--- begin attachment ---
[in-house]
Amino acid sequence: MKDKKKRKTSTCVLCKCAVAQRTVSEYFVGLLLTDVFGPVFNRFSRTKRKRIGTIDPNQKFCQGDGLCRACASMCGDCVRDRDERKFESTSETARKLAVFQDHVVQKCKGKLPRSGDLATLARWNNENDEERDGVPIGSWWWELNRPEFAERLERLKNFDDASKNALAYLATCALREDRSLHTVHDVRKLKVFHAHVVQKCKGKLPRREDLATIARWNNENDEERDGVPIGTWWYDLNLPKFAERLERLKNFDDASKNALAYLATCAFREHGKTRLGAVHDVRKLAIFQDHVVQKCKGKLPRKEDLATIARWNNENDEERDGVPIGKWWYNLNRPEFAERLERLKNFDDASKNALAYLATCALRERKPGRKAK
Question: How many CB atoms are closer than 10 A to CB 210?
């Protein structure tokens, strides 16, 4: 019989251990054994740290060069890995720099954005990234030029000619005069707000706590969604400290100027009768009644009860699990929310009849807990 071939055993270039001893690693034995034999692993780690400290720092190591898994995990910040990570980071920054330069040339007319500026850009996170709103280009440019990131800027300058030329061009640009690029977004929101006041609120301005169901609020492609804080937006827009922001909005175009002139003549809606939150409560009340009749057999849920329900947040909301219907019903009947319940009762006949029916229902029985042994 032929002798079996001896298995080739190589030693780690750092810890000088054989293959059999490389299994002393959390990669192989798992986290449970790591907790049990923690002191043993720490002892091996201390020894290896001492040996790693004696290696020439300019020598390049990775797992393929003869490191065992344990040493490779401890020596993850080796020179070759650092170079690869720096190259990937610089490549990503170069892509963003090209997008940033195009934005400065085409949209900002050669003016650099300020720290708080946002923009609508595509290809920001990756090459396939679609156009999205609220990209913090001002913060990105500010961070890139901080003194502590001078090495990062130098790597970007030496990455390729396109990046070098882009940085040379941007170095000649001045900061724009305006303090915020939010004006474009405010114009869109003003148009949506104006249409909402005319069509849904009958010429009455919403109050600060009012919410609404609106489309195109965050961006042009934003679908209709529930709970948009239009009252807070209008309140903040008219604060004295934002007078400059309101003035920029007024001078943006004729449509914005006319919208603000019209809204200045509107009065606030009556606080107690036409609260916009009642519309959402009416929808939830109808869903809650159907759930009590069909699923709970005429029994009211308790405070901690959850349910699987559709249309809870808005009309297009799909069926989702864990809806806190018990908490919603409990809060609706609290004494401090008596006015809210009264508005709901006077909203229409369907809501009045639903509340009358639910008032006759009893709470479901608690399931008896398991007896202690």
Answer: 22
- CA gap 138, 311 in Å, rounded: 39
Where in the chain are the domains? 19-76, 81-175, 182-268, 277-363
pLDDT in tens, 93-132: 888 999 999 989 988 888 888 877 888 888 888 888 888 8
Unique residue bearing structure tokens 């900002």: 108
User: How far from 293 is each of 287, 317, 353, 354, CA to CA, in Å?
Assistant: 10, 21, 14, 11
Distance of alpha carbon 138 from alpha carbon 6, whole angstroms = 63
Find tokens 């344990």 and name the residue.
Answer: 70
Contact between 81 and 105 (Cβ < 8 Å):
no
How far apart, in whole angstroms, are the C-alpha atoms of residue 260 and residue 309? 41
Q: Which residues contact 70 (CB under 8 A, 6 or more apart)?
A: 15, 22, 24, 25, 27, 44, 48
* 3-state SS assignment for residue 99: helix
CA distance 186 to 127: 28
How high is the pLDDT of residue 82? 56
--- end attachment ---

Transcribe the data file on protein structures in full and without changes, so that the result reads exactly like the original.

[in-house]
Amino acid sequence: MKDKKKRKTSTCVLCKCAVAQRTVSEYFVGLLLTDVFGPVFNRFSRTKRKRIGTIDPNQKFCQGDGLCRACASMCGDCVRDRDERKFESTSETARKLAVFQDHVVQKCKGKLPRSGDLATLARWNNENDEERDGVPIGSWWWELNRPEFAERLERLKNFDDASKNALAYLATCALREDRSLHTVHDVRKLKVFHAHVVQKCKGKLPRREDLATIARWNNENDEERDGVPIGTWWYDLNLPKFAERLERLKNFDDASKNALAYLATCAFREHGKTRLGAVHDVRKLAIFQDHVVQKCKGKLPRKEDLATIARWNNENDEERDGVPIGKWWYNLNRPEFAERLERLKNFDDASKNALAYLATCALRERKPGRKAK
Question: How many CB atoms are closer than 10 A to CB 210?
């Protein structure tokens, strides 16, 4: 019989251990054994740290060069890995720099954005990234030029000619005069707000706590969604400290100027009768009644009860699990929310009849807990 071939055993270039001893690693034995034999692993780690400290720092190591898994995990910040990570980071920054330069040339007319500026850009996170709103280009440019990131800027300058030329061009640009690029977004929101006041609120301005169901609020492609804080937006827009922001909005175009002139003549809606939150409560009340009749057999849920329900947040909301219907019903009947319940009762006949029916229902029985042994 032929002798079996001896298995080739190589030693780690750092810890000088054989293959059999490389299994002393959390990669192989798992986290449970790591907790049990923690002191043993720490002892091996201390020894290896001492040996790693004696290696020439300019020598390049990775797992393929003869490191065992344990040493490779401890020596993850080796020179070759650092170079690869720096190259990937610089490549990503170069892509963003090209997008940033195009934005400065085409949209900002050669003016650099300020720290708080946002923009609508595509290809920001990756090459396939679609156009999205609220990209913090001002913060990105500010961070890139901080003194502590001078090495990062130098790597970007030496990455390729396109990046070098882009940085040379941007170095000649001045900061724009305006303090915020939010004006474009405010114009869109003003148009949506104006249409909402005319069509849904009958010429009455919403109050600060009012919410609404609106489309195109965050961006042009934003679908209709529930709970948009239009009252807070209008309140903040008219604060004295934002007078400059309101003035920029007024001078943006004729449509914005006319919208603000019209809204200045509107009065606030009556606080107690036409609260916009009642519309959402009416929808939830109808869903809650159907759930009590069909699923709970005429029994009211308790405070901690959850349910699987559709249309809870808005009309297009799909069926989702864990809806806190018990908490919603409990809060609706609290004494401090008596006015809210009264508005709901006077909203229409369907809501009045639903509340009358639910008032006759009893709470479901608690399931008896398991007896202690």
Answer: 22
- CA gap 138, 311 in Å, rounded: 39
Where in the chain are the domains? 19-76, 81-175, 182-268, 277-363
pLDDT in tens, 93-132: 888 999 999 989 988 888 888 877 888 888 888 888 888 8
Unique residue bearing structure tokens 């900002």: 108
User: How far from 293 is each of 287, 317, 353, 354, CA to CA, in Å?
Assistant: 10, 21, 14, 11
Distance of alpha carbon 138 from alpha carbon 6, whole angstroms = 63
Find tokens 């344990």 and name the residue.
Answer: 70
Contact between 81 and 105 (Cβ < 8 Å):
no
How far apart, in whole angstroms, are the C-alpha atoms of residue 260 and residue 309? 41
Q: Which residues contact 70 (CB under 8 A, 6 or more apart)?
A: 15, 22, 24, 25, 27, 44, 48
* 3-state SS assignment for residue 99: helix
CA distance 186 to 127: 28
How high is the pLDDT of residue 82? 56